KORO’s main purpose is to ensure that as many people as possible are able to experience high quality art in public spaces both indoors and outdoors nationwide. We fulfil this purpose by producing, managing and mediating art projects at schools, universities, political institutions, courtrooms, office buildings, prisons, cultural centres, railway stations, health and care institutions, military camps, town halls, governmental buildings, asylum centres, embassies and other public facilities. In addition, we bring art to outdoor spaces, where the artists’ expressions form part of the general exchange of opinion, identity formation and management of memorials.
This publicly displayed art is available to a large number of persons as it is displayed in areas where there is a general thoroughfare. Information and communication are extremely important aspects of KORO’s work, and are essential in order to ensure that these works of art are not only available to the general public but can also be interpreted by as many as possible. By enhancing knowledge of art, we boost interest in both Norwegian and international artists and increase the diversity of expressions and impressions within contemporary art.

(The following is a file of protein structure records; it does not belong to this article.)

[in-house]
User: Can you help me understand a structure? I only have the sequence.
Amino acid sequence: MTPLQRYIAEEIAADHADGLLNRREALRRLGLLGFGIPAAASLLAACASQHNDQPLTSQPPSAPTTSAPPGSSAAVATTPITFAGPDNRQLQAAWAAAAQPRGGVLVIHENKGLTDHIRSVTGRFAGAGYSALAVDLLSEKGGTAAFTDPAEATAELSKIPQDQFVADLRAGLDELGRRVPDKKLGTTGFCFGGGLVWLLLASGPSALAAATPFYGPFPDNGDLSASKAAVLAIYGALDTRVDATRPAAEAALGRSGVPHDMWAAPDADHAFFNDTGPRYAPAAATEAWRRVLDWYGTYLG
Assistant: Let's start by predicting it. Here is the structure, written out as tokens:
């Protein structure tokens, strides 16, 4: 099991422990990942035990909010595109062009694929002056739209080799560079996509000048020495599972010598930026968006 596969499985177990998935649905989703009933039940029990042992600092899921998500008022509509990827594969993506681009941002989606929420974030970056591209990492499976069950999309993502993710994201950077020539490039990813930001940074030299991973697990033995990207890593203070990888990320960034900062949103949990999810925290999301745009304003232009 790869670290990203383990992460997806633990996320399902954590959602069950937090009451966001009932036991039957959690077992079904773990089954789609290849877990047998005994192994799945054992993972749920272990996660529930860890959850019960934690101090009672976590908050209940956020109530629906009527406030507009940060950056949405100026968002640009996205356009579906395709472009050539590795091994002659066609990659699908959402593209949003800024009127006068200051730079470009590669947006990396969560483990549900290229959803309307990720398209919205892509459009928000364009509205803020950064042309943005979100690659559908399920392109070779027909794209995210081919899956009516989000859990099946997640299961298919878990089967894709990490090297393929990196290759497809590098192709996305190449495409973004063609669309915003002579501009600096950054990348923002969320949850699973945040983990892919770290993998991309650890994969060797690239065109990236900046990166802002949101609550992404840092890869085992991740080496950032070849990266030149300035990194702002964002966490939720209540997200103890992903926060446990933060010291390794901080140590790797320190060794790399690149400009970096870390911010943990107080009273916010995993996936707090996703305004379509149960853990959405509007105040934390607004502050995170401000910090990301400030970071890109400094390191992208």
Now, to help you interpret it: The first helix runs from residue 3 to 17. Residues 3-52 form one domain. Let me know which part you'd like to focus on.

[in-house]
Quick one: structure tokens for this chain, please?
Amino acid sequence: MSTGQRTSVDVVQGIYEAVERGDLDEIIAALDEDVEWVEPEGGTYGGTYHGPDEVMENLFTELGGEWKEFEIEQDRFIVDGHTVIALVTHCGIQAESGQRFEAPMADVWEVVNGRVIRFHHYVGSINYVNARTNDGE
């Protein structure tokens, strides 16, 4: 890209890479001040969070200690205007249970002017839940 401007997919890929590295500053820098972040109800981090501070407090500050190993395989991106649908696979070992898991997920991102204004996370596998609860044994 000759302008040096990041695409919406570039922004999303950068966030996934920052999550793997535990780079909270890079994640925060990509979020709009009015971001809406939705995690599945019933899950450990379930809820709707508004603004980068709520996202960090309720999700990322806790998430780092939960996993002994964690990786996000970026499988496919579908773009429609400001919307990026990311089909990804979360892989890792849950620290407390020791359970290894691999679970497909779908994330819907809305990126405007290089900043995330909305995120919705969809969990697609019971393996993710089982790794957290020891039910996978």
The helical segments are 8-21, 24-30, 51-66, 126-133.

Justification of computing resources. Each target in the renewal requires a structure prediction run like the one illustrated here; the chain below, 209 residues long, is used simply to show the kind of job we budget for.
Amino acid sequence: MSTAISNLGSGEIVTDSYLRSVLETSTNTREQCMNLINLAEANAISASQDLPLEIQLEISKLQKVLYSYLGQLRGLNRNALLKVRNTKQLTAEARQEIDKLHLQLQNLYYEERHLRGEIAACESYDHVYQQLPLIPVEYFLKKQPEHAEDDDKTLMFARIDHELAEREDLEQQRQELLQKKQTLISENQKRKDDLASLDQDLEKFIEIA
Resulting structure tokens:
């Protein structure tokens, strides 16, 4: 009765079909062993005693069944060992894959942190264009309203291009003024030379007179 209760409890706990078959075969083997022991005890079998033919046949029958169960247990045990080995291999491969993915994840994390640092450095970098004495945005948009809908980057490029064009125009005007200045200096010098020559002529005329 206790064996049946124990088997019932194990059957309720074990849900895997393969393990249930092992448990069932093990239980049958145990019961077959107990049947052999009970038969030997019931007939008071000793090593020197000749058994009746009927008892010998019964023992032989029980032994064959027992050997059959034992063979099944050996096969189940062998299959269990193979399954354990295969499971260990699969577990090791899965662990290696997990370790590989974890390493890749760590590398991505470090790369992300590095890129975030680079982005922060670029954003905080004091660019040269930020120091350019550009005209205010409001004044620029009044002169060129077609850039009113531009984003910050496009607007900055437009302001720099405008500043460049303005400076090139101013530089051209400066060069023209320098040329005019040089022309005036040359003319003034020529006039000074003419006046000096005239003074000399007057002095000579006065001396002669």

KORO has principal management responsibility for the Norwegian government’s collection of art in public spaces. The collection comprises around 7,000 works of art that are on display in a total of 920 different places in Norway and at Norwegian embassies and consulates abroad. This management responsibility requires close cooperation between KORO and the numerous institutions that display our works of art.
Given the vast scope of work involved in the production, mediation and management of art, KORO is a major employer for artists, curators, producers and art consultants. Both the production and the management of art for buildings and public spaces require specialised expertise. KORO offers training to develop expertise and a professional network for relevant professional groups. We also organise lectures and workshops, and produce a number of publications.
As the Norwegian government’s professional body for art in public spaces, KORO works in principle with four governmental art schemes.
- The art scheme for governmental new buildings is a scheme whereby 0.5 to 1.5 percent of budgets for construction of new buildings is dedicated to art.
- The art scheme for Government Agencies in Rented Properties and Older Government Buildings (LES) is designed to facilitate art projects for the many government agencies located in buildings not covered by the Art for New Government Buildings scheme.
- The Norwegian government also provides contributions to art projects in local and regional settings via the art scheme for buildings owned by municipalities and counties (KOM).
- The scheme for art in outdoor public spaces (URO) involves working with art in free, public spaces, most frequently outdoors, but also via different forms of public news media.
The three latter schemes above (LES, KOM and URO) are all open for applications. Building owners, agencies, institutions, curators and artists can all apply for a combination of art projects, curator and producer assistance and financial grants.